Find ways to benefit from
growing Asian tourist market


A campaign is under way to gain concessions in rules that make it difficult for large numbers of South Koreans to visit Hawaii.

HAWAII'S tourism industry is missing out on a growing market from Asia that is expected to blossom within the next decade. A movement is under way to include South Korea among countries whose citizens are waived from the requirement to obtain visas in order to visit the United States. That effort and hopes of benefitting from the surge of tourism expected from China are bleak unless a plan can be devised that would avoid security risks.

Governor Lingle has suggested that multiple-entry visas could accommodate visitors to the United States from Korea and China, allowing Hawaii to capitalize on the growing market without compromising safety. Under such a system, a person could undergo the interview and background checks for a visa covering a 12- to 18-month period and be allowed to make unlimited visits during that time. That is the most sensible way for Hawaii to benefit from the growing tourism Asian market while guarding against terrorists.

Before the terrorist attacks of Sept. 11, 2001, only 27 percent of South Koreans applying for visas were interviewed at the U.S. Embassy in Seoul. Security measures now require that all applicants be interviewed. As a result, the number of Hawaii visitors from Korea has fallen from 100,000 before 1997 to little more than half that.

Meanwhile, Koreans visiting Guam since 1998 have increased from 15,000 to 115,000 because of a 1987 law that exempts Korean visitors from the visa requirement as long as they restrict their visits to 15 days on Guam. Obviously, Koreans have opted for Guam over the hassle of getting a visa that would allow them to visit Hawaii.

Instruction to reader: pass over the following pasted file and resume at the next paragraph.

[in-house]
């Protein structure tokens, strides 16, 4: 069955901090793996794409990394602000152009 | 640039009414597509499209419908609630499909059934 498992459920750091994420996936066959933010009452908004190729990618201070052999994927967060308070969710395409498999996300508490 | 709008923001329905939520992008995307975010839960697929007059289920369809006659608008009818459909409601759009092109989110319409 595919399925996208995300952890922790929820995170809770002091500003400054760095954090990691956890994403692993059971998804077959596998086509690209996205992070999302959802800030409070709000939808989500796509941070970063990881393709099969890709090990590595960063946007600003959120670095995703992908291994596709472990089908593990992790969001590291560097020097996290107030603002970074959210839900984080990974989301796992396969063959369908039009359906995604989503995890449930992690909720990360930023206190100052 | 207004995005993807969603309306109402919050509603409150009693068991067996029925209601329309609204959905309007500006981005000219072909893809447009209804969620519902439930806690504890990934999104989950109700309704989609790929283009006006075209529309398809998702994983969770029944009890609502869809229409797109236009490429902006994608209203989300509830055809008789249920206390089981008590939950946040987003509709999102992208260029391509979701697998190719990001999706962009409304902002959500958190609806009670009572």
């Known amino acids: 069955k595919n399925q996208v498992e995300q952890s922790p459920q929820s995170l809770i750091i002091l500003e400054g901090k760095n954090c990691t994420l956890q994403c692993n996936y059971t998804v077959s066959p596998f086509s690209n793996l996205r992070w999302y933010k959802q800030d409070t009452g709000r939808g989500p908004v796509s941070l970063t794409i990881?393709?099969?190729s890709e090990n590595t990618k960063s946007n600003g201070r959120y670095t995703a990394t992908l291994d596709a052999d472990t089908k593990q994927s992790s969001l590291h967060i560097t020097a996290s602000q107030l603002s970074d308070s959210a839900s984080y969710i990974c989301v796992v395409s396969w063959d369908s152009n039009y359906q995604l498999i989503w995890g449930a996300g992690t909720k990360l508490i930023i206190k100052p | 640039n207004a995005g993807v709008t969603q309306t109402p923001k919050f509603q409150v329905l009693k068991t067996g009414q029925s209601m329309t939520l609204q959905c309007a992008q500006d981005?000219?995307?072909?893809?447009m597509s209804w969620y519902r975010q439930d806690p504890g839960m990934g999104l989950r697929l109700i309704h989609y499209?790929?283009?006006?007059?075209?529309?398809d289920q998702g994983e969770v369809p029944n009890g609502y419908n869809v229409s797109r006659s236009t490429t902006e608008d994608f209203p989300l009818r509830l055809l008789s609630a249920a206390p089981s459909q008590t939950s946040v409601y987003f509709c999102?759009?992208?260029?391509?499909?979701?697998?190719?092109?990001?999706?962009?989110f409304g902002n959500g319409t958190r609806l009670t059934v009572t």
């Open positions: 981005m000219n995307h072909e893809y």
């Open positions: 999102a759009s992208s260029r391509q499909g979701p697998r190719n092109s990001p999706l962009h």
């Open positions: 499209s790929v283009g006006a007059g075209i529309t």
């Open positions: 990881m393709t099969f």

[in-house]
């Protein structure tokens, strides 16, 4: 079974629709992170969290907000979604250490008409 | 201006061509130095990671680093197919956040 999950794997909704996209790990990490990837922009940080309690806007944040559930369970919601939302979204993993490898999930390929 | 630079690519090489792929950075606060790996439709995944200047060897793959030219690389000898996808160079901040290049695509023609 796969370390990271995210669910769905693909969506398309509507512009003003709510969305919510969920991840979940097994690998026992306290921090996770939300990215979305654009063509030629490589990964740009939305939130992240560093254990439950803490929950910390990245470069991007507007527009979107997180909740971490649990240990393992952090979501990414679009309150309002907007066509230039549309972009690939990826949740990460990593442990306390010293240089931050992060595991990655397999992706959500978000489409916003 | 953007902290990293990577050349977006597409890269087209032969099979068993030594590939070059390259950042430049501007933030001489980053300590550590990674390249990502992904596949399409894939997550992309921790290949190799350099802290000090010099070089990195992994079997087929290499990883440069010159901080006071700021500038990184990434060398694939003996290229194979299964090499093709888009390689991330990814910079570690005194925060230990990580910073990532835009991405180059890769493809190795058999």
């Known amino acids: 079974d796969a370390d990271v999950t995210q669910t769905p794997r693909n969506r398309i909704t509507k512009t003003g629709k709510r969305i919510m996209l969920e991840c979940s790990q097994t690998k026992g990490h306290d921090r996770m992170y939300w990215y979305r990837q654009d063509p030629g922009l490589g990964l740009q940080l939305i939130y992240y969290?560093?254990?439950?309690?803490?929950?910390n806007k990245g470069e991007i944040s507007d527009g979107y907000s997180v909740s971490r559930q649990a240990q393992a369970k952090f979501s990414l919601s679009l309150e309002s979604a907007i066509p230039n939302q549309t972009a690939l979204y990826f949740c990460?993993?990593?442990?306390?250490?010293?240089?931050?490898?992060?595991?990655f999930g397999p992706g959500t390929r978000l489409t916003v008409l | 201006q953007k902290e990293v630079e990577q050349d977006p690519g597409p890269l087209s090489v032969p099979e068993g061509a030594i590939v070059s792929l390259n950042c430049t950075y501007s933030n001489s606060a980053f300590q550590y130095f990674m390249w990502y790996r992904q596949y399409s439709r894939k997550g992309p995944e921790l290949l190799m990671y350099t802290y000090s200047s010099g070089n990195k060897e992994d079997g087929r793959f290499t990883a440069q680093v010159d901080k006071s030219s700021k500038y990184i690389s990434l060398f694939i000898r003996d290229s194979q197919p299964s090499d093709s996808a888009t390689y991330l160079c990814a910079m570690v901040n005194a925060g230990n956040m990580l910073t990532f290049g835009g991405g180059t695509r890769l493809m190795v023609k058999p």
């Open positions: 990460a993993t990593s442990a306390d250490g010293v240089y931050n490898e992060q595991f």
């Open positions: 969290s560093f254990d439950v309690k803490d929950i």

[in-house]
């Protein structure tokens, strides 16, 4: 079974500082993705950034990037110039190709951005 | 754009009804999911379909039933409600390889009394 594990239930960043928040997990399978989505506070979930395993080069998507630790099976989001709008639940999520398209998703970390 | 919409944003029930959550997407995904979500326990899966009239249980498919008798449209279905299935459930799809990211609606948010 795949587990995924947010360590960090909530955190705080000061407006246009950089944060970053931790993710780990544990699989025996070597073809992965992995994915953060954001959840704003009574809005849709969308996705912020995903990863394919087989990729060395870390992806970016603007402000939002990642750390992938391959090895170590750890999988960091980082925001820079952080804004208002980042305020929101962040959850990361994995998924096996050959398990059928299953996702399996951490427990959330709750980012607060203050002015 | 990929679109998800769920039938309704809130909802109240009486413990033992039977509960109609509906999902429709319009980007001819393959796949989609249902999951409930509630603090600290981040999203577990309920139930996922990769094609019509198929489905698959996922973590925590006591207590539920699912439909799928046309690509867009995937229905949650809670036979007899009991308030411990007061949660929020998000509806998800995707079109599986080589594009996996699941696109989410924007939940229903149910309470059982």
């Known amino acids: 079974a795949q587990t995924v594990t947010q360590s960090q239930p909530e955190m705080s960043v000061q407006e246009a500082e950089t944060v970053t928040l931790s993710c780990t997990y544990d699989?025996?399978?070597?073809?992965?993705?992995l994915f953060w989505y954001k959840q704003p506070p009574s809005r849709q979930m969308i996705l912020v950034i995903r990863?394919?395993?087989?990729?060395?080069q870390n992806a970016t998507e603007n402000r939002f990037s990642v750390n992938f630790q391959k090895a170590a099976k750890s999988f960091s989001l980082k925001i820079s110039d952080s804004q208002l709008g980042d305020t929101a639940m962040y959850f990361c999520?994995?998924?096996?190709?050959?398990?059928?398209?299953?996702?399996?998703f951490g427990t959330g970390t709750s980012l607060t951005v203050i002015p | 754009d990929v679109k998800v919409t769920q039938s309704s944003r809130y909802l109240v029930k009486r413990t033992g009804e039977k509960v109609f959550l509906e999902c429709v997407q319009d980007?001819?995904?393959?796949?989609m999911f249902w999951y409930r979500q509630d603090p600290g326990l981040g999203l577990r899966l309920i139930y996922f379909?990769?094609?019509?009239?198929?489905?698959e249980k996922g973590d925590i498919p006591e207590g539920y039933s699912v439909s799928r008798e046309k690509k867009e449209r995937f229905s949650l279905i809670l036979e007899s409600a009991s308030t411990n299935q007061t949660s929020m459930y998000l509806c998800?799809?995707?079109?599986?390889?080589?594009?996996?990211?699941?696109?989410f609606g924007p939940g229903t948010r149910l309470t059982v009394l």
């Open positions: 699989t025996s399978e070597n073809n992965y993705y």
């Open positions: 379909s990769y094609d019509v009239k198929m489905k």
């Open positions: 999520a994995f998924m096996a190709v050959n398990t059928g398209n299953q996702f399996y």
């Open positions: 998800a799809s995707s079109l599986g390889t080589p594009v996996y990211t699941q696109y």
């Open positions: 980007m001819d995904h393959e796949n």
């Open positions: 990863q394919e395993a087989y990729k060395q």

A group has been petitioning since September to establish the same visa waiver for Hawaii-bound Korean visitors that is now allowed for visitors to Guam. Lingle initially endorsed the proposal but then had second thoughts. The law establishing the Guam program requires "an adequate arrival and departure control system." Marsha Wienert, Lingle's tourism liaison, has said that monitoring all of Hawaii's fortnight Korean visitors would be an unreasonable burden.

Lingle asked Homeland Security Secretary Tom Ridge last week for visa exceptions for Koreans, but acknowledged that gaining such concessions will be difficult. U.S. visas are waived for visitors from countries that have established a record of having less than 2 percent of visa applicants denied visas. Korea's rejection rate was 6 percent in the late 1990s, when Hawaii officials last tried to include it in the waiver program.

Meanwhile, the state travel industry is looking wistfully at the booming tourism forecast from China as it emerges as Asia's economic power. Chinese tourists to foreign destinations numbered 16.5 million last year, and that is projected to soar to as many as 50 million by 2010 and 100 million by 2020.

Hawaii must find a way to garner its share of this burgeoning market.



Oahu Publications, Inc. publishes the Honolulu Star-Bulletin, MidWeek and military newspapers

David Black, Dan Case, Larry Johnson,
Duane Kurisu, Warren Luke, Colbert
Matsumoto, Jeffrey Watanabe,
Frank Teskey, Publisher

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Michael Rovner, Assistant Editor, 529-4768;
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Mary Poole, Editorial Page Editor, 529-4748;

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